I hated the magnetism maths at A’Level physics
If it’s any consolation, really sorting it out does get very tough indeed. I spent long enough with it, both as an undergraduate and then teaching it myself, that I eventually got a pretty good grip. But if you ever come across anyone who’s got a clear explanation of the practical consequences of gauge invariance of the magnetic vector potential then I’d be keen to hear it. (I reckoned the finals examiners simply wouldn’t ask about that, and sure enough they didn’t.)
The water’s very deep here https://en.wikipedia.org/wiki/Magnetic_potential#Magnetic_vector_potential.
The staggering thing is that we now have a couple of very useful mathematical tools - vector calculus and tensor calculus - to make this more tractable. Neither of these had been invented when Maxwell was working. He had to grind through the whole thing longhand ! Genius.
A level was ok, but magnetics at uni was very tough. To the point that they made it multiple choice as even clever people (unlike me) struggled.
These days, I wish I’d put more effort into it!
Will we get a super conductor at room temp ?
Oh how droll
Not unless someone makes another breakthrough like they did with the cuprates (which came out of more-or-less nowhere) or finds a cheap and easy way of recreating the conditions in the core of Jupiter so we can use metallic hydrogen (ha ha).
I thought it was Andre Previn
I use some of these techniques in my work. Much of this really came into usage in my area of interest after I wrote my PhD. Much brain-ache was involved in gunning up the skills myself, as was the case with the asymptotic theory for the dynamic models I work on.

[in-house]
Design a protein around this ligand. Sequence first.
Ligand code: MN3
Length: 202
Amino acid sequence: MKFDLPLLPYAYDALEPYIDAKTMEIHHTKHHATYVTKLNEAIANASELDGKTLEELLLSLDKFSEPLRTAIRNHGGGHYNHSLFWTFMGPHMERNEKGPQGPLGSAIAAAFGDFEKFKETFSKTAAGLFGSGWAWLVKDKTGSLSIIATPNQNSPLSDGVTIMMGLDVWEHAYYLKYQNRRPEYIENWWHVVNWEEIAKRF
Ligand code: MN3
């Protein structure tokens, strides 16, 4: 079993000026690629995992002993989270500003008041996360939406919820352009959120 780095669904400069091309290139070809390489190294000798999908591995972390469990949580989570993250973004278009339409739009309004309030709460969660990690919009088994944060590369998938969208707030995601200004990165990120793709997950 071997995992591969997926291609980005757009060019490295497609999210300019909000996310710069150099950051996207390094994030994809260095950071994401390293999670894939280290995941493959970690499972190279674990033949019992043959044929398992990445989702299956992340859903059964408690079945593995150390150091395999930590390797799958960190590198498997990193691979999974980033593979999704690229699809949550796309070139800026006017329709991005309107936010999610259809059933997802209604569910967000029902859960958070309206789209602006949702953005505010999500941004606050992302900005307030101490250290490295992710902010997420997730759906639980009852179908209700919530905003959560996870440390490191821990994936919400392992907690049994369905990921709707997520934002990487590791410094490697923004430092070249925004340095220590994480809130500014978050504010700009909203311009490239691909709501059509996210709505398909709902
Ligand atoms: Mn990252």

… and he is not at room temperature, as evidenced by his jumper.
This is the bible
I think the cover picture is meant to suggest that climbing the mountain will be easier than getting through the book. I still remember getting it off a library shelf 40 years ago and trying to work through the maths that convert the real-world experiments into Maxwell’s ‘curl H = Jf + dD/dt’. At one point he just says ‘integrating by parts yields …’ and then writes down the next line. I tried to do the integration. That was as far as I got. After a day and a half someone came up to me and asked if I was going to be much longer with the book. I handed it over. In the ensuing conversation he revealed that he was Alan Walton and his father had a Nobel prize in physics.
I don’t any more. Heavens, you could pull up trees with them though when the going got tough.
fixt for honesty. My brain is hurty thinking about this stuff.
C[quote=“Valvebloke, post:113, topic:92”]
I think the cover picture is meant to suggest that climbing the mountain will be easier than getting through the book. I still remember getting it off a library shelf 40 years ago and trying to work through the maths that convert the real-world experiments into Maxwell’s ‘curl H = Jf + dD/dt’. At one point he just says ‘integrating by parts yields …’ and then writes down the next line. I tried to do the integration.
I recall reading a paper by Cox, Ingersoll and Ross in the 1985 edition of Econometrica. I waded through many pages of algebra to reach some prose which basically finished with a line ending “which of course [turns page] is a Bessel function of the second kind”.
After 15 minutes of quiet swearing and utter despair, I went off to the math library to bone up on Bessel functions. It took a further two weeks of hard slog to read and (sort of) understand this paper. I don’t miss those bleak winter afternoons being confronted with my complete and utter inadequacy.
Amazing how many financial instruments follow the maths of natural phenomena and physical models like heat flow through an iron bar, etc.
At least your feelings of inadequacy were limited to a few winter afternoons… mine seems to have extended my whole life after reading these last few posts.